January 16, 2008

• “Intellectualist” View on Second

Posted in Darwin Awards, From The Blog-O-Sphere, No Guns Allowed, Politically Speaking at 2:40 pm by Rid

Saul Cornell: The Second Amendment Goes to Court

Source: Origins (2-1-08)

Few issues in America public life are more emotionally charged than guns and no subject within this political maelstrom is more bitterly contested than the Second Amendment. Although it is hard to imagine this issue heating up any further, it is about to get red-hot.

Earlier this year, the Court of Appeals for the District of Columbia struck down the District of Columbia’s local gun-control law on Second Amendment grounds. The D.C. Court is only the second Appeals Court to affirm that the Second Amendment protects an individual (as opposed to collective) right to bear arms, and the first one to actually strike down an existing gun control law on this basis. The case is now heading to the Supreme Court, which has not taken a Second Amendment case in almost seventy years. District of Columbia v Heller will likely shape the contours of future discussions of gun control for decades to come.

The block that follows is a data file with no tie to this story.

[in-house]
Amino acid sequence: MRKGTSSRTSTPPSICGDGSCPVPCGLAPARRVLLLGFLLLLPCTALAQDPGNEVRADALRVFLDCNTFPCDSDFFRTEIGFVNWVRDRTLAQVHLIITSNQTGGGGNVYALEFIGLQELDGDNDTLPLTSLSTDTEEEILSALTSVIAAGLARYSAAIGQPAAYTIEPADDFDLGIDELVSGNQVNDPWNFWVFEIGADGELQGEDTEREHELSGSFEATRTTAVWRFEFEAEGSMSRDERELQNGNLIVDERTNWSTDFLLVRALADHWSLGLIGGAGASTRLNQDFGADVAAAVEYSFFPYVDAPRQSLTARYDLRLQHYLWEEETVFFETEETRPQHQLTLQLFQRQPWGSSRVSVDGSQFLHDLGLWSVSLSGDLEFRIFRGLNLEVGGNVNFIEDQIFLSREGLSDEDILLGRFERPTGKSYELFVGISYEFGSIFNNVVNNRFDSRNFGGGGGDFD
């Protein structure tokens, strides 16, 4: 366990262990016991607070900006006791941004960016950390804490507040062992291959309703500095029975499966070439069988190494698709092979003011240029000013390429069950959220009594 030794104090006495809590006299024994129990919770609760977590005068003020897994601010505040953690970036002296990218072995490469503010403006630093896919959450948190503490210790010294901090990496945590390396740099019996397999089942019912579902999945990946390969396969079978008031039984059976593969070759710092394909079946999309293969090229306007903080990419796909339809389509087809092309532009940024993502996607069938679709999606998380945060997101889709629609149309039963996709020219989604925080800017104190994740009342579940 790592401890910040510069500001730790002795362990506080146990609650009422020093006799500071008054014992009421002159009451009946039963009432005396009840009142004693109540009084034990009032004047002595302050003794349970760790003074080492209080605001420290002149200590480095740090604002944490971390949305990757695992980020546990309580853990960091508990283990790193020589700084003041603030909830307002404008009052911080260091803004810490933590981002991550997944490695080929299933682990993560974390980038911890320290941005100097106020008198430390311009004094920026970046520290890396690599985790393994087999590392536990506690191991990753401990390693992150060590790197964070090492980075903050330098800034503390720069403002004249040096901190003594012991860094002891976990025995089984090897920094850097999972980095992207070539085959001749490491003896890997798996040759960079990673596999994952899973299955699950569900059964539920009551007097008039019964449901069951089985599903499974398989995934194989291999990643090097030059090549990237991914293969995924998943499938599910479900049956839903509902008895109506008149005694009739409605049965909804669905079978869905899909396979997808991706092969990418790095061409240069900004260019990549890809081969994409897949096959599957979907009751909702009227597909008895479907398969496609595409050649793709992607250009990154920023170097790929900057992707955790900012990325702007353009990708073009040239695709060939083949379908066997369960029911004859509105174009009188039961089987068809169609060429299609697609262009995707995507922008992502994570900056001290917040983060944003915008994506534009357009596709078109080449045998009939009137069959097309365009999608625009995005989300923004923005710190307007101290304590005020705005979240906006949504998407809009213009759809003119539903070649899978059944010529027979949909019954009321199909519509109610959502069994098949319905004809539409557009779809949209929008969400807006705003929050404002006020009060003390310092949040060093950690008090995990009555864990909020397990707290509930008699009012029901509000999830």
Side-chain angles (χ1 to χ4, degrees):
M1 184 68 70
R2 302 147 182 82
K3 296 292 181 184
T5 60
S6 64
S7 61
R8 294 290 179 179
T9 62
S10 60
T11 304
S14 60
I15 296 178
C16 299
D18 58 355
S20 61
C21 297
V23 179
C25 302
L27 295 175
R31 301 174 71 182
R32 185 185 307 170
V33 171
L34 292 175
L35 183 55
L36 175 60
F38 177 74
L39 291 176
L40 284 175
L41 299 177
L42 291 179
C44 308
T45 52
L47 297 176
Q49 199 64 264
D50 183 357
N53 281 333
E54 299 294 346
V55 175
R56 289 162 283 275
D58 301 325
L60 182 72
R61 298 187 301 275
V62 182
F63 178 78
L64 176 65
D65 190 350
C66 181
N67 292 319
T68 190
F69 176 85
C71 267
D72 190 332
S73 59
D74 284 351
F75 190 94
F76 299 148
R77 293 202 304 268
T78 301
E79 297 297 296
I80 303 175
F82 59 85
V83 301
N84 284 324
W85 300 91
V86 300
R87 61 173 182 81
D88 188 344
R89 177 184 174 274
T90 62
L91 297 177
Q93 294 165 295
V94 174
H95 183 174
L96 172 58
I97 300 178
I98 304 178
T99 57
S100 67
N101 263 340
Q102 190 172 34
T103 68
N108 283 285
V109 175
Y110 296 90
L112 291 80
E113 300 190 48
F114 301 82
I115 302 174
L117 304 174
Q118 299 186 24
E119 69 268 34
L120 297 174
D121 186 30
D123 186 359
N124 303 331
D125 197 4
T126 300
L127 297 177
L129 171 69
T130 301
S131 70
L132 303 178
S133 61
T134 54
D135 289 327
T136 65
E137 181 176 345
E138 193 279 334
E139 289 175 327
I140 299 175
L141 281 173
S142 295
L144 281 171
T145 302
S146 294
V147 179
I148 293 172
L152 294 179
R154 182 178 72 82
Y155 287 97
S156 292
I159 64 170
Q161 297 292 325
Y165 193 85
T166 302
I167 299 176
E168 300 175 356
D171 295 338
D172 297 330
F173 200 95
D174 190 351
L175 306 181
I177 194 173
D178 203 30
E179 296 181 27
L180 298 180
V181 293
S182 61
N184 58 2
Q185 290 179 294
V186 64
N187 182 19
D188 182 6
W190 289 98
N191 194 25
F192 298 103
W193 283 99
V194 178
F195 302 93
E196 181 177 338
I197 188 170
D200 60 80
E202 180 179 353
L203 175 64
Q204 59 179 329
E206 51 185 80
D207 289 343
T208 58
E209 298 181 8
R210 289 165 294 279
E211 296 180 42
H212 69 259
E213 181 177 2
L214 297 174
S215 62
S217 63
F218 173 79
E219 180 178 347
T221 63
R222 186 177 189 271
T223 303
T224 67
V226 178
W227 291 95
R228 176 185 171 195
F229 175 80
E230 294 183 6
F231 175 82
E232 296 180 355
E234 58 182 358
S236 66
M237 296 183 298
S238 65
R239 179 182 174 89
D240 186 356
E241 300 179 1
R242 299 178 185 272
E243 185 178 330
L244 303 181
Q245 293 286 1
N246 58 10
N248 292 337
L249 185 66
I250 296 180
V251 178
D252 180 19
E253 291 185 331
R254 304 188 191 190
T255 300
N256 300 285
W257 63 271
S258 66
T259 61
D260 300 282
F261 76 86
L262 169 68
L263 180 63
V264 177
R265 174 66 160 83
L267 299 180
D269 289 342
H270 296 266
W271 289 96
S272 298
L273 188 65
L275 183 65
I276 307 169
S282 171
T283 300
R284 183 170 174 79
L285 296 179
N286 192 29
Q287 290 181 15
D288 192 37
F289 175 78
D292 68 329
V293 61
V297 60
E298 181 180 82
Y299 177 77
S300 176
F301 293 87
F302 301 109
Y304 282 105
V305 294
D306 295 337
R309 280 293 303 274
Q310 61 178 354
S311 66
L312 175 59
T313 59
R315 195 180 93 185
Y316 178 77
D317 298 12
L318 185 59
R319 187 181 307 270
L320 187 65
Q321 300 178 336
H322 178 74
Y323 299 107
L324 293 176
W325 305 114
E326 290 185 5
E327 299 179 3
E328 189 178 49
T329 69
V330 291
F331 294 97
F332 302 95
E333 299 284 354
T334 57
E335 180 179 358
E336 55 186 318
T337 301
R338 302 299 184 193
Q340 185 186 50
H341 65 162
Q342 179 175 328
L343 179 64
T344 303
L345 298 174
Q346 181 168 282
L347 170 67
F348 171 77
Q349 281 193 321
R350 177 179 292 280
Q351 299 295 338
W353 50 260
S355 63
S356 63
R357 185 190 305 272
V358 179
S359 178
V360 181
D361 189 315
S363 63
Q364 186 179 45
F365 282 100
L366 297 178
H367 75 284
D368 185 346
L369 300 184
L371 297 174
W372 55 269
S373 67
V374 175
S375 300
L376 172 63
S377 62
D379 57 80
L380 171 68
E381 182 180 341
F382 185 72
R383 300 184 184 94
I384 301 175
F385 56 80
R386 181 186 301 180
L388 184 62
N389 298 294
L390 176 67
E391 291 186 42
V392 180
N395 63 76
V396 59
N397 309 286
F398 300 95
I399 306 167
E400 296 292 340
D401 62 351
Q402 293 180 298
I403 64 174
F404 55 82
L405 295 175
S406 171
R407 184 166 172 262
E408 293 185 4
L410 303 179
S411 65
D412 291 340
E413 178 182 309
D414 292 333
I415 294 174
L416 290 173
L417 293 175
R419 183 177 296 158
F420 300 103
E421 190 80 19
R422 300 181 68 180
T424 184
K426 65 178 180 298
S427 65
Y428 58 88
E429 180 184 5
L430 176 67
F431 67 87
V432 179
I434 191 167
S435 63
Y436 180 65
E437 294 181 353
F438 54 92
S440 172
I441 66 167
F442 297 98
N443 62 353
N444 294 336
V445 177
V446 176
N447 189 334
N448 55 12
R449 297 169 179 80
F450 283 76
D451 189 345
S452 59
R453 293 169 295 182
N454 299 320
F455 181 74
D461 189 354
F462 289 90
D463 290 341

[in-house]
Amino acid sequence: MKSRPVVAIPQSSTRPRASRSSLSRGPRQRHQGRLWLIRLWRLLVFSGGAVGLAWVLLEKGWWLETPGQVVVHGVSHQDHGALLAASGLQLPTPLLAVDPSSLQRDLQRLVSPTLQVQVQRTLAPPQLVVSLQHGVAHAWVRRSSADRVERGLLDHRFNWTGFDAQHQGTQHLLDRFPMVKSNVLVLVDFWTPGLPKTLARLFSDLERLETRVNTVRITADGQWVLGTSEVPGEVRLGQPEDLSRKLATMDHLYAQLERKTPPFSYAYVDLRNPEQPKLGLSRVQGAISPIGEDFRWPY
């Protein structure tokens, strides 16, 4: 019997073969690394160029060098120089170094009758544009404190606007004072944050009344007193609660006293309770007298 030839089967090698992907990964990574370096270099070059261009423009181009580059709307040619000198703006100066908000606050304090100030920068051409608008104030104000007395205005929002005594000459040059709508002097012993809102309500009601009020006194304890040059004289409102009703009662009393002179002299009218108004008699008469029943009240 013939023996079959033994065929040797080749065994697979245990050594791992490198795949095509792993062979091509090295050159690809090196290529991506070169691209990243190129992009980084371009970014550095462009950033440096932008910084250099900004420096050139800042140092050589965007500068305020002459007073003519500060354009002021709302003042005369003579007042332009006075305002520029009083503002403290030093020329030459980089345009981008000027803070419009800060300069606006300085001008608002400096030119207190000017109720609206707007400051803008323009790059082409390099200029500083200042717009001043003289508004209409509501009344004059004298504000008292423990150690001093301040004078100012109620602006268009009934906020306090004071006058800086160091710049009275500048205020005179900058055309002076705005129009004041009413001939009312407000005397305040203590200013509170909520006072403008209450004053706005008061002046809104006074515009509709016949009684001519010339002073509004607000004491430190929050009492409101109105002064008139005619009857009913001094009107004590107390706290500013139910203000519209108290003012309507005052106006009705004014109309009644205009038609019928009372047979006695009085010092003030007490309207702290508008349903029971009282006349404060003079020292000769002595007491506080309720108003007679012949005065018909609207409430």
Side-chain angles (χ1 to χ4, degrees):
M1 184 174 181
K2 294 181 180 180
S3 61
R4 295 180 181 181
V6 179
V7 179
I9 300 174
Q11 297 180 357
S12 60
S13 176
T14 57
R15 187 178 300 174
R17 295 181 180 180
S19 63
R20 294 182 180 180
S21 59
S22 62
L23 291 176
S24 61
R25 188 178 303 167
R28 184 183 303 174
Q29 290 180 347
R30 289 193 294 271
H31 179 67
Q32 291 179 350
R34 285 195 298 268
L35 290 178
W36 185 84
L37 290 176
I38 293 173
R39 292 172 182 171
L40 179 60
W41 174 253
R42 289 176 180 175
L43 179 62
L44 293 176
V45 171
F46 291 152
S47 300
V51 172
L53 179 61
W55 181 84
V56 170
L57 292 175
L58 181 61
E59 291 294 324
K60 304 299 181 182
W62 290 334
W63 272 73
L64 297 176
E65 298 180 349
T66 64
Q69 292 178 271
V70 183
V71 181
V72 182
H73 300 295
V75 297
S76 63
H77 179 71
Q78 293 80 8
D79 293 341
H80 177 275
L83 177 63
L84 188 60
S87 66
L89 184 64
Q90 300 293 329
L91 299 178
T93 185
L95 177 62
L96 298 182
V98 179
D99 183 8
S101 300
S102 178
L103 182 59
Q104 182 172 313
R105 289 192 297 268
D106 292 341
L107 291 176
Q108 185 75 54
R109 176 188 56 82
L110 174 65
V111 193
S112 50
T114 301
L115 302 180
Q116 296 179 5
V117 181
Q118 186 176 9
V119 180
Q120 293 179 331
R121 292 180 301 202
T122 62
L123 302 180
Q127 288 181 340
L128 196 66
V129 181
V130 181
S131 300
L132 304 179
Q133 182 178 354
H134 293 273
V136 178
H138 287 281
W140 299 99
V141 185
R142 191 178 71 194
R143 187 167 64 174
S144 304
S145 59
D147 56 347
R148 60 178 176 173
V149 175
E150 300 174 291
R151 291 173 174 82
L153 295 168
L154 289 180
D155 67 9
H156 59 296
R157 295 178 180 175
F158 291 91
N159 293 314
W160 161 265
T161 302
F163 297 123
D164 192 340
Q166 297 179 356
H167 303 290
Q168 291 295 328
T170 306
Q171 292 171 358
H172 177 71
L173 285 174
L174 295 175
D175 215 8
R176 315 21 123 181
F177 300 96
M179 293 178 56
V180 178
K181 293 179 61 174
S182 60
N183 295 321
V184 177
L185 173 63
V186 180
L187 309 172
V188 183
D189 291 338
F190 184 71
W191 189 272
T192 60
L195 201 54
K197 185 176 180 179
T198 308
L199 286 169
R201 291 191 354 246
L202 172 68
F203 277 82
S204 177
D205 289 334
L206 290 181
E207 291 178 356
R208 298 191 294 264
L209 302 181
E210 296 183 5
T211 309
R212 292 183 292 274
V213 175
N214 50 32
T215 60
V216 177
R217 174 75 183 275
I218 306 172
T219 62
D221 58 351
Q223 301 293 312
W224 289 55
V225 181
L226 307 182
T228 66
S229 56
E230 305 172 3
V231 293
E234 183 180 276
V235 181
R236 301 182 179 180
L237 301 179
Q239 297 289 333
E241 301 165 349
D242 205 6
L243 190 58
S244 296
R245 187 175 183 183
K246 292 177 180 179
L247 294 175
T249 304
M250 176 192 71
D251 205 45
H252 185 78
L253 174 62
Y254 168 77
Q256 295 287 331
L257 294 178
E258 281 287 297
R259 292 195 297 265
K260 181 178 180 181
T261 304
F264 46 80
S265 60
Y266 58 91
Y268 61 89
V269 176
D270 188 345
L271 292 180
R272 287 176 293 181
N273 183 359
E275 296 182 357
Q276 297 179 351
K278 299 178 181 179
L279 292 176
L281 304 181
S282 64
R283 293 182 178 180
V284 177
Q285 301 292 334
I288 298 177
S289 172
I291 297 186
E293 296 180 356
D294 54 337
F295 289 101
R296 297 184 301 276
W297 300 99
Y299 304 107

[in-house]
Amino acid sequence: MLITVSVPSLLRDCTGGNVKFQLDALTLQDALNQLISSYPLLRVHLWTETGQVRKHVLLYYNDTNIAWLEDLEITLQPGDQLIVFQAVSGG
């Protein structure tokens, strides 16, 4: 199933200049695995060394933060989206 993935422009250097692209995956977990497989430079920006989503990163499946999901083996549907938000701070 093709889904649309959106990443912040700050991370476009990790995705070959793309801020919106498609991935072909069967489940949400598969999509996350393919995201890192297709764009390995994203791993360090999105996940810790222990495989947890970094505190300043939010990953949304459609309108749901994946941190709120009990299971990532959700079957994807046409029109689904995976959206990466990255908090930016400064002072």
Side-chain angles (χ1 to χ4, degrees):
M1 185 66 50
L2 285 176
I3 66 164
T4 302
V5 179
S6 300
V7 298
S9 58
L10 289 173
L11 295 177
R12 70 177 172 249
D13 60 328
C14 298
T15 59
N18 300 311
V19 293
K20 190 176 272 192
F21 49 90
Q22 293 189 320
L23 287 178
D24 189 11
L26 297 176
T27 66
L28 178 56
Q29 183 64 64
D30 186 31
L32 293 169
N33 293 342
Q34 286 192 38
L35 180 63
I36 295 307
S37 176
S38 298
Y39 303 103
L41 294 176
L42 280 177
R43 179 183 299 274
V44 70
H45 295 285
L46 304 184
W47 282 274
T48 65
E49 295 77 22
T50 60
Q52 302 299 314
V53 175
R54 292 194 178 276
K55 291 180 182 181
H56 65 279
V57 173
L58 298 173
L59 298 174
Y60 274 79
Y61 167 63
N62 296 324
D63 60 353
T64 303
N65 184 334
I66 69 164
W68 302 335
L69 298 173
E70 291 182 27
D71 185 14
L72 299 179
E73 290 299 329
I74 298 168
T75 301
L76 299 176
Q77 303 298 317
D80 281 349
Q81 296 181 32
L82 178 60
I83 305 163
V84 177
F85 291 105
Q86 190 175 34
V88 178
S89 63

It might even have an impact on the dynamics of the 2008 presidential election. For better or worse, history—the history of the 2nd amendment and the history of how Americans have interpreted it—is also likely to be at the heart of the case.

The Second Amendment reads: “A well regulated militia, being necessary to the security of a free state, the right of the people to keep and bear arms, shall not be infringed.” What do these words mean? Well, the answer to this question depends on who you ask. Supporters of the so-called collective rights interpretation believe that the Second Amendment only protects the right to bear arms within the context of well regulated militias. Supporters of the so-called “individual right” interpretation view the right to bear arms as a right vested in individuals, much like the 1st Amendment right to freedom of speech.

The fact that there are two such divergent interpretations is the result of significant changes in how Americans view the 2nd Amendment that occurred during the latter part of the twentieth century. For most of the last century, the meaning of the Second Amendment was not particularly controversial: the courts, legal scholars, politicians, and historians endorsed some version of the collective rights interpretation. As late as 1991, Chief Justice Warren Burger described the individual rights view as an intellectual fraud. Yet, the growth of a revisionist individual rights theory of the Second Amendment in the years since Burger made his comment has been nothing short of astonishing….